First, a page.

Not to mention changing names, adding bolts, etc. My, oh my, how climbing has changed for the "incredibly shrinking balls disease" infected walking on eggshells crowd. Bitd climbers were hard wo/men. You might get hurt. You might die. No guarantees. All part of the adventure. Modern days? PAB's are rule rather than exception?
It is kind of bittersweet in that I've had conversations w/a few prolific old timers who opine that if things had been then as they are now they'd probably never gotten into climbing in the first place. An independent, intrinsically motivated pursuit of a passion for moving over stone, counter culture way of life, seems to have been replaced by a "sport" promoted by those whom would profit financially, one way or another. Yet had these same folks NOT gotten into climbing many, many routes would not exist and the "sport" would maybe not have been. Oh, the irony. I actually feel sorry for these folks - they seem to have missed the boat w.r.t. some of the BEST aspects of climbing. And ruining the crags w/the presence of their unwashed masses in the process. Yet...w/o these folks... preserving stuff in @David-Harris 's backyard would be untenable.
It is kind of bittersweet in that I've had conversations w/a few prolific old timers who opine that if things had been then as they are now they'd probably never gotten into climbing in the first place. An independent, intrinsically motivated pursuit of a passion for moving over stone, counter culture way of life, seems to have been replaced by a "sport" promoted by those whom would profit financially, one way or another.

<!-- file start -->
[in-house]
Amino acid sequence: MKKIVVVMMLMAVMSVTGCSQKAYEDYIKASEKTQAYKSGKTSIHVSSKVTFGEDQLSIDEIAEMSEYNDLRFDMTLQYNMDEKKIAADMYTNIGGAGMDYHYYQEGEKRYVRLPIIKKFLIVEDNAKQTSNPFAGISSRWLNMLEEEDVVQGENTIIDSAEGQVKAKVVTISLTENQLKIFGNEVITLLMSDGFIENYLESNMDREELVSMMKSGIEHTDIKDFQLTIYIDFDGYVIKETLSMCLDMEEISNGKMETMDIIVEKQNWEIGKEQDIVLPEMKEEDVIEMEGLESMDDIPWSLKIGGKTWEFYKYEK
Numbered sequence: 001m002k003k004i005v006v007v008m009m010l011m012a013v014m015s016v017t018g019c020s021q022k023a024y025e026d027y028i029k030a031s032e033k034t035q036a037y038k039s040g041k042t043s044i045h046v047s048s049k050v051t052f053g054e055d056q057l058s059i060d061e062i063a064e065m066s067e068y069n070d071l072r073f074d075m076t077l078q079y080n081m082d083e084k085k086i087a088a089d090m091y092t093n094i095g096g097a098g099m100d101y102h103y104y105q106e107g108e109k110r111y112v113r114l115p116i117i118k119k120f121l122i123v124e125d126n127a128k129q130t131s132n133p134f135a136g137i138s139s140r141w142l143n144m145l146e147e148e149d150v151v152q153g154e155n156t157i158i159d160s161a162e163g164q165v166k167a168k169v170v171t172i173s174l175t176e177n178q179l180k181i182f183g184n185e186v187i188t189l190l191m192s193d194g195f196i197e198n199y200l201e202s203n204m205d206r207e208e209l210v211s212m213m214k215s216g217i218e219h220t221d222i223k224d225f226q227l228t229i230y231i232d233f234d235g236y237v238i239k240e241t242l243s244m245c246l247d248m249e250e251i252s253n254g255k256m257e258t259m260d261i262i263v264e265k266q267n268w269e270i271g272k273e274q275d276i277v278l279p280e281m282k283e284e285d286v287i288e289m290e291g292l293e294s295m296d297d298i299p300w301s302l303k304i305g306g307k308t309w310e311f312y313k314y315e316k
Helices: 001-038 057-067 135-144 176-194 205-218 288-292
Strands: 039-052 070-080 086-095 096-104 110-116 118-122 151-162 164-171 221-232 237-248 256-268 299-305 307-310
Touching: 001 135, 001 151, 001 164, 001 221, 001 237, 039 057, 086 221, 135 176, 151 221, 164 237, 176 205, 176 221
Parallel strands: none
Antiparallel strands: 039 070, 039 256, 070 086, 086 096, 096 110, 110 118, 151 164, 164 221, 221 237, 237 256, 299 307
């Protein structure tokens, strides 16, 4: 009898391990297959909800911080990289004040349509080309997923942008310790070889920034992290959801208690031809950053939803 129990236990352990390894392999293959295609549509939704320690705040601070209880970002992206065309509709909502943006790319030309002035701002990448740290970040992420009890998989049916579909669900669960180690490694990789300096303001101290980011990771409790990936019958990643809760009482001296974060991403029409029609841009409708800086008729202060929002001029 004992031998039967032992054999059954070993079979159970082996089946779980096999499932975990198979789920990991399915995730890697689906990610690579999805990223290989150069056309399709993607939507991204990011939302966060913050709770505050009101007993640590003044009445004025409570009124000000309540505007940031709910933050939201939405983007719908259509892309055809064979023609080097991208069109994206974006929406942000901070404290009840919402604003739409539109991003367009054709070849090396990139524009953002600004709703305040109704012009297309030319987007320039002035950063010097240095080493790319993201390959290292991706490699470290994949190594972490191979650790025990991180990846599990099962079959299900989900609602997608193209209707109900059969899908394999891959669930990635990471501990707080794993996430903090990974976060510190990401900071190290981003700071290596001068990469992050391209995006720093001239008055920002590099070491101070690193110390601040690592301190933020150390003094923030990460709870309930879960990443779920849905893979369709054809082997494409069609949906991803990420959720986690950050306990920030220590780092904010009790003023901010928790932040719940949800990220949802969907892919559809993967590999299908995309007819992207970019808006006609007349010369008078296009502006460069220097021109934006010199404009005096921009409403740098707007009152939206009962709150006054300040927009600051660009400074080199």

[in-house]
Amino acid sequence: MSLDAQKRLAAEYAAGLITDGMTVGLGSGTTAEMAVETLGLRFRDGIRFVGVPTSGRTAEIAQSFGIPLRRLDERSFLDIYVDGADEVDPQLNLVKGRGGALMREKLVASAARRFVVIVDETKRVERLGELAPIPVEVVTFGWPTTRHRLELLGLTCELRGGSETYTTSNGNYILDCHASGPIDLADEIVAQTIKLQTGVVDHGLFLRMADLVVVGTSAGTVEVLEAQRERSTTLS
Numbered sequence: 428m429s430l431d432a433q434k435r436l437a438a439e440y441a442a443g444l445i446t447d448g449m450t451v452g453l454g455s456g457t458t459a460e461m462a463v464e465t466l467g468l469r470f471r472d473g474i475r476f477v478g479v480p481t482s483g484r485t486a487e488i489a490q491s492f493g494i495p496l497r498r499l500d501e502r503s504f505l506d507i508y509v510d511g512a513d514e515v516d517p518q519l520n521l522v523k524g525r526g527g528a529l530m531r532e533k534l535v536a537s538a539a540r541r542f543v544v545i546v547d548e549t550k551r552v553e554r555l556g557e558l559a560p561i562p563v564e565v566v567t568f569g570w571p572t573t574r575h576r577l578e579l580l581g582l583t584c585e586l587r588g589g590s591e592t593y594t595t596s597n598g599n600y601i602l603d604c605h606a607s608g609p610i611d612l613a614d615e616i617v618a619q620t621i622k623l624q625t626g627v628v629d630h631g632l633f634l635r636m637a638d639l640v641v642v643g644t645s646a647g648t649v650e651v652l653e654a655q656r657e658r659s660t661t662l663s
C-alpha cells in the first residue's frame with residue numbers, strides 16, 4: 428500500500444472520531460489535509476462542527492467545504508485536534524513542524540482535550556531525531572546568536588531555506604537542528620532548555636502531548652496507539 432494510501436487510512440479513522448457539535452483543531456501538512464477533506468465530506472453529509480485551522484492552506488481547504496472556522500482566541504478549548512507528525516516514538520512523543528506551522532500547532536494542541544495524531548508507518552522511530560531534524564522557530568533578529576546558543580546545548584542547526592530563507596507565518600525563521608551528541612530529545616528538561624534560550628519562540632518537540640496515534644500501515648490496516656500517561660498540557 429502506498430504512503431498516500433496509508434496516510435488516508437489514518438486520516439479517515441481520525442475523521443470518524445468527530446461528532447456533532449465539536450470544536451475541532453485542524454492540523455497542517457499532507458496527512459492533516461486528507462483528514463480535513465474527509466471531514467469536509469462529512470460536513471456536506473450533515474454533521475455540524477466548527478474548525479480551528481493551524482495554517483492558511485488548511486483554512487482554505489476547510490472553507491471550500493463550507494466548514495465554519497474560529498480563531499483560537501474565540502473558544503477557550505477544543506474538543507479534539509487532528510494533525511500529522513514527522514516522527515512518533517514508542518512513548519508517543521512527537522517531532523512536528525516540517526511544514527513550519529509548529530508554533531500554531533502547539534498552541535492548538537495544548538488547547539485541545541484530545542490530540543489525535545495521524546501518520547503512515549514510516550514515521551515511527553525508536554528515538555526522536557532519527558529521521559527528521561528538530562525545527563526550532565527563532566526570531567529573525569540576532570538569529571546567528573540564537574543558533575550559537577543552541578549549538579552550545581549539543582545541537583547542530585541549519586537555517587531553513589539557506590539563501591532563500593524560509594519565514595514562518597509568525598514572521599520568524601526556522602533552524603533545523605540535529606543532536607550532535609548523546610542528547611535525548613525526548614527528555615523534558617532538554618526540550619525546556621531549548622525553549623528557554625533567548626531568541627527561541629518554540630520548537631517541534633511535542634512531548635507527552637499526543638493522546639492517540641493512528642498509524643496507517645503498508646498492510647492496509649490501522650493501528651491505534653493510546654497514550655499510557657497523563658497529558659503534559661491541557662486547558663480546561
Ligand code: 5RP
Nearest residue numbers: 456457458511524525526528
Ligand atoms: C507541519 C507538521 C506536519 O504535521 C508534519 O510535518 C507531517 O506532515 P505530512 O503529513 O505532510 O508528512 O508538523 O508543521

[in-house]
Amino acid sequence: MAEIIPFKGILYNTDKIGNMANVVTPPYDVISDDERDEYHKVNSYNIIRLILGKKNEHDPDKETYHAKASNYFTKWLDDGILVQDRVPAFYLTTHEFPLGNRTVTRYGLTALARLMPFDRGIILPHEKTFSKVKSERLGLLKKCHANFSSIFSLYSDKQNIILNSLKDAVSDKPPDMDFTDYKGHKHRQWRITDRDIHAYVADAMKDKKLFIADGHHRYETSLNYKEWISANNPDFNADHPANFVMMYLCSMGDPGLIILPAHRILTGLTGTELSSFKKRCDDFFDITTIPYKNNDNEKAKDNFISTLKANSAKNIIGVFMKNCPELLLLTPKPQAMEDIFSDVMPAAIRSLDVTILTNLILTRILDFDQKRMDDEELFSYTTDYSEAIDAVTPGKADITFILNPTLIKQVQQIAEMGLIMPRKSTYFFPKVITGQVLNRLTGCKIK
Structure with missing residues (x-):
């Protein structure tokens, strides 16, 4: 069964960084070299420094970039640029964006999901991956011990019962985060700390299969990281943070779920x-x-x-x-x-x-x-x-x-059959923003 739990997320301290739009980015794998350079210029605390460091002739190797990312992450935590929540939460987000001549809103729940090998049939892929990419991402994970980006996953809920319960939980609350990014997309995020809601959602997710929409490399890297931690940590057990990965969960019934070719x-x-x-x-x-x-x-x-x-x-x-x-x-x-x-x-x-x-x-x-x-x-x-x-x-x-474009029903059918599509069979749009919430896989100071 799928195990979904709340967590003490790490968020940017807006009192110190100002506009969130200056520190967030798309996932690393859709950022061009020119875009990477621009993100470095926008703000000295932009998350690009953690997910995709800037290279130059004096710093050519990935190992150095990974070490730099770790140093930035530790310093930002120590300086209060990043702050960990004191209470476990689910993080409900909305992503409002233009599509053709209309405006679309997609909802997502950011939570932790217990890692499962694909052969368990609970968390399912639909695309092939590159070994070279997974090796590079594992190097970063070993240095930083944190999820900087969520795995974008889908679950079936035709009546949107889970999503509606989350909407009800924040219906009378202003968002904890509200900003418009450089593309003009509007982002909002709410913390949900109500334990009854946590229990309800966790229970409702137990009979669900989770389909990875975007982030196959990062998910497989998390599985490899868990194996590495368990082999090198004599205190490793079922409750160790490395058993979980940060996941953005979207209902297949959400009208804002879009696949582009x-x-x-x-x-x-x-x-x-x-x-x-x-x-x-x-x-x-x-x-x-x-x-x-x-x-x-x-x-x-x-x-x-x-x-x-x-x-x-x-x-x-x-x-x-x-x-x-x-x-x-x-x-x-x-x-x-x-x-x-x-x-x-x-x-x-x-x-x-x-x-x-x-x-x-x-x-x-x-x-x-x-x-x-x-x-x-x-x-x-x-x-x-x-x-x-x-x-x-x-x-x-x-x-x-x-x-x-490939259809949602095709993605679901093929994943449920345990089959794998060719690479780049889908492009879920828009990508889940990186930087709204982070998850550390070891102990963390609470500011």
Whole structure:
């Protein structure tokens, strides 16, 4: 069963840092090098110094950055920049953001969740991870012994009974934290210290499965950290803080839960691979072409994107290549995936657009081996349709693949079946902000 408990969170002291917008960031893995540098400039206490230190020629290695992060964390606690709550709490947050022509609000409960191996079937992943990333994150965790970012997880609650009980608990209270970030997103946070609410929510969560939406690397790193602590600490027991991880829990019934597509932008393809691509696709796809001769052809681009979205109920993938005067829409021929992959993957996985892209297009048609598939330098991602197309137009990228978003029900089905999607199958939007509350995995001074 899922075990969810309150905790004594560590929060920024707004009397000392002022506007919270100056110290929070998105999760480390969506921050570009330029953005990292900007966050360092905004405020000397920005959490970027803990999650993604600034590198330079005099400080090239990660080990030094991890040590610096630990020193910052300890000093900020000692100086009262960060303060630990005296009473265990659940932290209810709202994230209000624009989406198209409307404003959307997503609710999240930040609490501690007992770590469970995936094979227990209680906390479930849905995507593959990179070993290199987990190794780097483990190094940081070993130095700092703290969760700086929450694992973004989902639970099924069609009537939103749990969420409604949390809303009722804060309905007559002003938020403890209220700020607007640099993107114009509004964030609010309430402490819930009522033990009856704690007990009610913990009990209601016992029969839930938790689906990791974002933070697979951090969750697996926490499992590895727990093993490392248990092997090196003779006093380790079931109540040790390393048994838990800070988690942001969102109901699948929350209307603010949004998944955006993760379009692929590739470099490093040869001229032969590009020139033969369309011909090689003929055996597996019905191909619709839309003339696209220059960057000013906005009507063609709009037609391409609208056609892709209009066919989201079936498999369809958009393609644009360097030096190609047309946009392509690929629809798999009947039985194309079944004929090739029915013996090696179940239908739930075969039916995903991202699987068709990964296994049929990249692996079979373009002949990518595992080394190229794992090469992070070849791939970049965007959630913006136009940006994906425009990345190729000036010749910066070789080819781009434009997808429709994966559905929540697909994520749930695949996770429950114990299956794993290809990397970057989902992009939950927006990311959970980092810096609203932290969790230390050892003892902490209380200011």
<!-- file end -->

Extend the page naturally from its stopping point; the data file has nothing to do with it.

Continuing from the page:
Yes. And no.
First things first: I have often had the same thought -- that if I were, today, the same age I was when I started climbing, I probably wouldn't even consider it. Parkour maybe? Don't know. But yes, the "sport" aspect is a turn-off. (And that is even hitting parkour, so I don't know what matches our climbing today. There must be something.)
But, regarding your thought about the dumbing-down of real climbing being the result of promotion by profit-seekers, I'm not so sure. Yes, Black Diamond and Arc'teryx and Petzl etc have to keep their eyes on the bottom line if they want to stay in business, but I don't think they, or any of the other big outfits, have any ulterior motives. Arc'teryx, for example, has sent some of its sponsored climbers up to our beyond-remote part of the world to do some climbing on new trad routes, and they will leverage the resulting videos to push for ecologically sane logging as well as for the sale of more of their overpriced clothing.
No, I think the dumbing-down -- or whatever you want to call it -- of climbing is just a normal result of being human. Climbing gyms became the new cool workout, and...
But, for anyone who wants to see what is out at the edge, remote mountains and rock walls are still there.
its all still there if you look for it.
NickG last edited by NickG
Finally my July 4th poison ivy healed and the stars aligned so we could get back to work on our project. The resurected Gruman Eagle served us well again.
Saturday was a long one for me. I finished P1 and got a 3rd of the way up P2. ran out of battery in a rather exciting spot. So dehydrated by the end of the day that I drank some lake water when I got off the cliff. Got sick sat night and finally threw up @4am... actually slept in after that and felt semi functional sunday. It was muggy and sticky but no full sun on sunday. Isa sent P1 first thing. yes!! the Eye at the start of the climb.